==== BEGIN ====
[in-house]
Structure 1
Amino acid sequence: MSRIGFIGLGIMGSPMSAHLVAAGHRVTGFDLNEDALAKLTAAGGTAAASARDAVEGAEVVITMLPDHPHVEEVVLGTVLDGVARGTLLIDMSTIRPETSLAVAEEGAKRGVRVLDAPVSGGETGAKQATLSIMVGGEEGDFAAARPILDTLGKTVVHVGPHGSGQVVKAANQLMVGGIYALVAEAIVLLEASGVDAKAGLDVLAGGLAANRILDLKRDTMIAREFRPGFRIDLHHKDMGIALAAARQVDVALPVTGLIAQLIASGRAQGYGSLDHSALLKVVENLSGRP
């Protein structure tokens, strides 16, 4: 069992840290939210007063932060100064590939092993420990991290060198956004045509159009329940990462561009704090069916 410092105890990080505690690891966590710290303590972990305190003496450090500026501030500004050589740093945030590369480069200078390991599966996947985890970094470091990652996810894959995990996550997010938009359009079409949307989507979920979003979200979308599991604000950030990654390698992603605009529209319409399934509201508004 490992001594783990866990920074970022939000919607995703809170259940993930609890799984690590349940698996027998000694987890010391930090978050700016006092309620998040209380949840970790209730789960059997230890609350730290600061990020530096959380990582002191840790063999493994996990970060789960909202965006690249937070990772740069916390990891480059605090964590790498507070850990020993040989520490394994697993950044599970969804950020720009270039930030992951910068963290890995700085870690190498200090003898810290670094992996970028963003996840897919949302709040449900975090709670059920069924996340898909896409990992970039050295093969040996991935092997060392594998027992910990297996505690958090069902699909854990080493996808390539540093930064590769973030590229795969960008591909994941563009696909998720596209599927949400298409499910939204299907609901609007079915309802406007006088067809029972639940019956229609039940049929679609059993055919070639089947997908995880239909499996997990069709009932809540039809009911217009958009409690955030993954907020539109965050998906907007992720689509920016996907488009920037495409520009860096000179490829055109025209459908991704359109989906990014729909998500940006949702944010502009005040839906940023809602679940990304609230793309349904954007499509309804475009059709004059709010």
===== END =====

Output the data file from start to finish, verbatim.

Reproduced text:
[in-house]
Structure 1
Amino acid sequence: MSRIGFIGLGIMGSPMSAHLVAAGHRVTGFDLNEDALAKLTAAGGTAAASARDAVEGAEVVITMLPDHPHVEEVVLGTVLDGVARGTLLIDMSTIRPETSLAVAEEGAKRGVRVLDAPVSGGETGAKQATLSIMVGGEEGDFAAARPILDTLGKTVVHVGPHGSGQVVKAANQLMVGGIYALVAEAIVLLEASGVDAKAGLDVLAGGLAANRILDLKRDTMIAREFRPGFRIDLHHKDMGIALAAARQVDVALPVTGLIAQLIASGRAQGYGSLDHSALLKVVENLSGRP
């Protein structure tokens, strides 16, 4: 069992840290939210007063932060100064590939092993420990991290060198956004045509159009329940990462561009704090069916 410092105890990080505690690891966590710290303590972990305190003496450090500026501030500004050589740093945030590369480069200078390991599966996947985890970094470091990652996810894959995990996550997010938009359009079409949307989507979920979003979200979308599991604000950030990654390698992603605009529209319409399934509201508004 490992001594783990866990920074970022939000919607995703809170259940993930609890799984690590349940698996027998000694987890010391930090978050700016006092309620998040209380949840970790209730789960059997230890609350730290600061990020530096959380990582002191840790063999493994996990970060789960909202965006690249937070990772740069916390990891480059605090964590790498507070850990020993040989520490394994697993950044599970969804950020720009270039930030992951910068963290890995700085870690190498200090003898810290670094992996970028963003996840897919949302709040449900975090709670059920069924996340898909896409990992970039050295093969040996991935092997060392594998027992910990297996505690958090069902699909854990080493996808390539540093930064590769973030590229795969960008591909994941563009696909998720596209599927949400298409499910939204299907609901609007079915309802406007006088067809029972639940019956229609039940049929679609059993055919070639089947997908995880239909499996997990069709009932809540039809009911217009958009409690955030993954907020539109965050998906907007992720689509920016996907488009920037495409520009860096000179490829055109025209459908991704359109989906990014729909998500940006949702944010502009005040839906940023809602679940990304609230793309349904954007499509309804475009059709004059709010």